What do the new EB5 regulations mean after Nov 21 2019

Most people interested in EB5, know by now that the Investment amounts have gone up from $500,000 for a TEA project to $900,000 ($1 million to $1.8 Million for non TEA). Another major rule change that hasn’t quite gotten the same coverage is the new rules requiring DHS to assign the TEA regions, as opposed to the current method of allowing states the benefit to define TEAs.

Unlike the earlier method of Regional centers gerrymandering multiple TEA areas to their project and getting TEA status rubber stamped at the State level, the change in TEA criteria* has much deeper implications for future investors and current alike. As quite a few of the projects which are in major cities currently with TEA status will not be eligible for TEA status after Nov 21.  Rural areas are the big winners as per the new TEA criteria. This was infact the original intention of the EB5 program – helping backward areas get investment dollars.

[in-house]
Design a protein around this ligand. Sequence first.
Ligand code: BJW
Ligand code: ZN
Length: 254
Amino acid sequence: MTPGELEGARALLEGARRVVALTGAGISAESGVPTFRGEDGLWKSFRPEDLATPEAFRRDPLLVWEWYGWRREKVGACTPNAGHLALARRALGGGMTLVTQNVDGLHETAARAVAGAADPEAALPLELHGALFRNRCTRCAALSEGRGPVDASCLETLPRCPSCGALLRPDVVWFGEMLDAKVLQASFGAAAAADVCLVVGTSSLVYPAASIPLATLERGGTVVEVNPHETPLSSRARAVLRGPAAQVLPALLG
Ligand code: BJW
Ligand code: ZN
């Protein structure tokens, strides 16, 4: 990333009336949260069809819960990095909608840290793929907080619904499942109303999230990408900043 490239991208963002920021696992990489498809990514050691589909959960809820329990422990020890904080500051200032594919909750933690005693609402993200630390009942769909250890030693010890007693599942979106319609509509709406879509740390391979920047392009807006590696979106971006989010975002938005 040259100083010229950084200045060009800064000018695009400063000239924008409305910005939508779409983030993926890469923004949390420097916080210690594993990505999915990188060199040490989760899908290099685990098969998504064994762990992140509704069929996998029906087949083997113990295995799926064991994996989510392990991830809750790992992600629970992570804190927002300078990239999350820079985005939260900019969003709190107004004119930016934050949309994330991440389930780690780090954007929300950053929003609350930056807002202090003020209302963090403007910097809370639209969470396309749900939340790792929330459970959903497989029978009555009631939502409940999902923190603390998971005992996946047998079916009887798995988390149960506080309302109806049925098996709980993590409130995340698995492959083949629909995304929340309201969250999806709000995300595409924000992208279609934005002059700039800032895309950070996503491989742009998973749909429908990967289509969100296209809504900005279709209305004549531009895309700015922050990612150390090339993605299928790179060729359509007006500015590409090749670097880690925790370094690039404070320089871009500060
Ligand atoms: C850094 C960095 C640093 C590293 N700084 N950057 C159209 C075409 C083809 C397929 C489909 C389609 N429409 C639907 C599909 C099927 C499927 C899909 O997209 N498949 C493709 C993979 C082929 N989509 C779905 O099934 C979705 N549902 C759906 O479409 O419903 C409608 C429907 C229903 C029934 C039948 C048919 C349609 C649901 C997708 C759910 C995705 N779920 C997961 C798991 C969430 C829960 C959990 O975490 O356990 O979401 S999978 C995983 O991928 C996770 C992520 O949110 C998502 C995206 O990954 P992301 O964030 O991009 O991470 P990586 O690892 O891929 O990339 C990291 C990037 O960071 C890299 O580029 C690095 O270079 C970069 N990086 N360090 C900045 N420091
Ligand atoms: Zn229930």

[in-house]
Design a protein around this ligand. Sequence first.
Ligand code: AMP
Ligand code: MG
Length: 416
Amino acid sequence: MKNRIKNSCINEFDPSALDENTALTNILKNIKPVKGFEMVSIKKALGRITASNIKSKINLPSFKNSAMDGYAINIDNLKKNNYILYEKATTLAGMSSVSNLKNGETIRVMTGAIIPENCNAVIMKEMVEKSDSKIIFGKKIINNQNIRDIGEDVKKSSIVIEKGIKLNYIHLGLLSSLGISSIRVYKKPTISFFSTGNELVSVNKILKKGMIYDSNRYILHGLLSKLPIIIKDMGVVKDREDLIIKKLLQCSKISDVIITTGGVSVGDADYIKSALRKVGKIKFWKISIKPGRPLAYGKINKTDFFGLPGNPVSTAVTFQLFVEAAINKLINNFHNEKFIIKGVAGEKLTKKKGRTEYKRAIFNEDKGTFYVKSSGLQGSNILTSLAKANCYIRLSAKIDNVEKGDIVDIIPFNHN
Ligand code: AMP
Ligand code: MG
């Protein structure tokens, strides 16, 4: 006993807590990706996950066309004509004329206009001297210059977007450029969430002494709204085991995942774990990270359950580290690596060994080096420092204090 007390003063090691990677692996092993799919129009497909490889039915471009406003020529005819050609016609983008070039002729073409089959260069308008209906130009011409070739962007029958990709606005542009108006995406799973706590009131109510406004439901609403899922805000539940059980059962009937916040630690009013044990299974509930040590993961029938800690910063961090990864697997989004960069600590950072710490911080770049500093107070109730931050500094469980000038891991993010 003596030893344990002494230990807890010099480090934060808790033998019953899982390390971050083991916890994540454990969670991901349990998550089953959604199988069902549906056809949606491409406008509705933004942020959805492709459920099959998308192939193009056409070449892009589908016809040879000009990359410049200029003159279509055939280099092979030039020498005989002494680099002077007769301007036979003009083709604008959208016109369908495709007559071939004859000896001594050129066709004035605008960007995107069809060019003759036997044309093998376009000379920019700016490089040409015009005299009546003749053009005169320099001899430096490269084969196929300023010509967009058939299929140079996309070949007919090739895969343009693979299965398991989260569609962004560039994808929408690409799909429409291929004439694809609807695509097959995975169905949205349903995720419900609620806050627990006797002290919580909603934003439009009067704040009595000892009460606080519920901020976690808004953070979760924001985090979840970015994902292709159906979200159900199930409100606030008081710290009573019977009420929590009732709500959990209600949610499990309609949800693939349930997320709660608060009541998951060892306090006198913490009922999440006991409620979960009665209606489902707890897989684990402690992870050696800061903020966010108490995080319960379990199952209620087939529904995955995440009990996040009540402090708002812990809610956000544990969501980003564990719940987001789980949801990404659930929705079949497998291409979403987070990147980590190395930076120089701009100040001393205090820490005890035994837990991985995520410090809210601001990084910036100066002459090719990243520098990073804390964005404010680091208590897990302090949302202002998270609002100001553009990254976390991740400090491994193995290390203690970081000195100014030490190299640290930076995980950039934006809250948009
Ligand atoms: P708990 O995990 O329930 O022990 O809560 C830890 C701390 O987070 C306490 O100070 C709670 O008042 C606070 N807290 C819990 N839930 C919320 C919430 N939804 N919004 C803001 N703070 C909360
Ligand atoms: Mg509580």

Investments into projects that lose their TEA status after Nov 21, have to be made at $1.8 million, not the $900,000 level. This is a huge concern for the viability of an EB5 projects fund raise. For eg., lets say a project currently open for new investors has 40 slots, and if they manage to get 20 investors for $500,000 before the Nov 21st deadline, The remaining 20 investors need to invest a minimum of $1.8 Million as the project doesn’t comply with the new TEA guidelines after Nov 21. This can lead the project not to hit it’s fund raising target jeopardizing the investments of the previous 20 investors also, if the project is not fully capitalized.

We are currently only working with Projects that satisfy the new TEA criteria, have atleast 50% developer equity and are exemplar approved. If you are looking for an EB5 project, get in touch with us below.

*Note that the definition of TEA has been severely limited by the new regulations. Not only is the DHS the determiner of TEA, any project within a Metropolitan Statistical Area- MSA (more than 50% of the country is in an MSA) is automatically a non-TEA. So for probably 90% of the projects currently out there, the investment will be $1.8MM on Nov 21. A TEA can only be designated for a high-unemployment MSA, county, city, single census tract, or limited group of census tracts. DHS, not the states, is responsible for TEA designation.

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